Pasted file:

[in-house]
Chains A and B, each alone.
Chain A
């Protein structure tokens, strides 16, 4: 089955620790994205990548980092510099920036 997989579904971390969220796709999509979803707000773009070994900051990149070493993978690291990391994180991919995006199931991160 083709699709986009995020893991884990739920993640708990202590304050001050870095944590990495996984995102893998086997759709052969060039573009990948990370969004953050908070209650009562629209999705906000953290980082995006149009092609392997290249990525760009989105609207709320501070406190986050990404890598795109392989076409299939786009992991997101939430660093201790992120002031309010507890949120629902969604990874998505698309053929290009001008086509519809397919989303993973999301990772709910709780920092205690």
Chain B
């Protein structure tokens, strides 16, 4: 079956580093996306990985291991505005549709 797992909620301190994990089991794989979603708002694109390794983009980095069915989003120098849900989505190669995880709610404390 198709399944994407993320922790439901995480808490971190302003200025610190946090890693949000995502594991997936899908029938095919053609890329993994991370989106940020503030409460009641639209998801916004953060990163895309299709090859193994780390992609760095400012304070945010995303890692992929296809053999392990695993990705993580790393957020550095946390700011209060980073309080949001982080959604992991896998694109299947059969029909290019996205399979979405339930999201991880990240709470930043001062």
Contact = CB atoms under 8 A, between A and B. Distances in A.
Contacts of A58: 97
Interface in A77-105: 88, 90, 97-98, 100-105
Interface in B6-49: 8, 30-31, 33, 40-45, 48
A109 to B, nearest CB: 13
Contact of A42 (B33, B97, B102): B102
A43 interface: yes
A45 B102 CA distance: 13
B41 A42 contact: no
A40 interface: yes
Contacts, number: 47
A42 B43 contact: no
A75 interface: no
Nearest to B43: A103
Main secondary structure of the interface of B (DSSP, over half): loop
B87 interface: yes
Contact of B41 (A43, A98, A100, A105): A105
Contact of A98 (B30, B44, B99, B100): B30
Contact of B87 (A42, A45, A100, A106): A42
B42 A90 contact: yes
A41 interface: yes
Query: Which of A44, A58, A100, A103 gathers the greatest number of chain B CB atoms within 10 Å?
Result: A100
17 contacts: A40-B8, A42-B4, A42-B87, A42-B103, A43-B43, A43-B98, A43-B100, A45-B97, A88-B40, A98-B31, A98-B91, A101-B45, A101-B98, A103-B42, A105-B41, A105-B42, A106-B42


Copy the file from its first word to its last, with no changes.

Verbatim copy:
[in-house]
Chains A and B, each alone.
Chain A
């Protein structure tokens, strides 16, 4: 089955620790994205990548980092510099920036 997989579904971390969220796709999509979803707000773009070994900051990149070493993978690291990391994180991919995006199931991160 083709699709986009995020893991884990739920993640708990202590304050001050870095944590990495996984995102893998086997759709052969060039573009990948990370969004953050908070209650009562629209999705906000953290980082995006149009092609392997290249990525760009989105609207709320501070406190986050990404890598795109392989076409299939786009992991997101939430660093201790992120002031309010507890949120629902969604990874998505698309053929290009001008086509519809397919989303993973999301990772709910709780920092205690």
Chain B
């Protein structure tokens, strides 16, 4: 079956580093996306990985291991505005549709 797992909620301190994990089991794989979603708002694109390794983009980095069915989003120098849900989505190669995880709610404390 198709399944994407993320922790439901995480808490971190302003200025610190946090890693949000995502594991997936899908029938095919053609890329993994991370989106940020503030409460009641639209998801916004953060990163895309299709090859193994780390992609760095400012304070945010995303890692992929296809053999392990695993990705993580790393957020550095946390700011209060980073309080949001982080959604992991896998694109299947059969029909290019996205399979979405339930999201991880990240709470930043001062």
Contact = CB atoms under 8 A, between A and B. Distances in A.
Contacts of A58: 97
Interface in A77-105: 88, 90, 97-98, 100-105
Interface in B6-49: 8, 30-31, 33, 40-45, 48
A109 to B, nearest CB: 13
Contact of A42 (B33, B97, B102): B102
A43 interface: yes
A45 B102 CA distance: 13
B41 A42 contact: no
A40 interface: yes
Contacts, number: 47
A42 B43 contact: no
A75 interface: no
Nearest to B43: A103
Main secondary structure of the interface of B (DSSP, over half): loop
B87 interface: yes
Contact of B41 (A43, A98, A100, A105): A105
Contact of A98 (B30, B44, B99, B100): B30
Contact of B87 (A42, A45, A100, A106): A42
B42 A90 contact: yes
A41 interface: yes
Query: Which of A44, A58, A100, A103 gathers the greatest number of chain B CB atoms within 10 Å?
Result: A100
17 contacts: A40-B8, A42-B4, A42-B87, A42-B103, A43-B43, A43-B98, A43-B100, A45-B97, A88-B40, A98-B31, A98-B91, A101-B45, A101-B98, A103-B42, A105-B41, A105-B42, A106-B42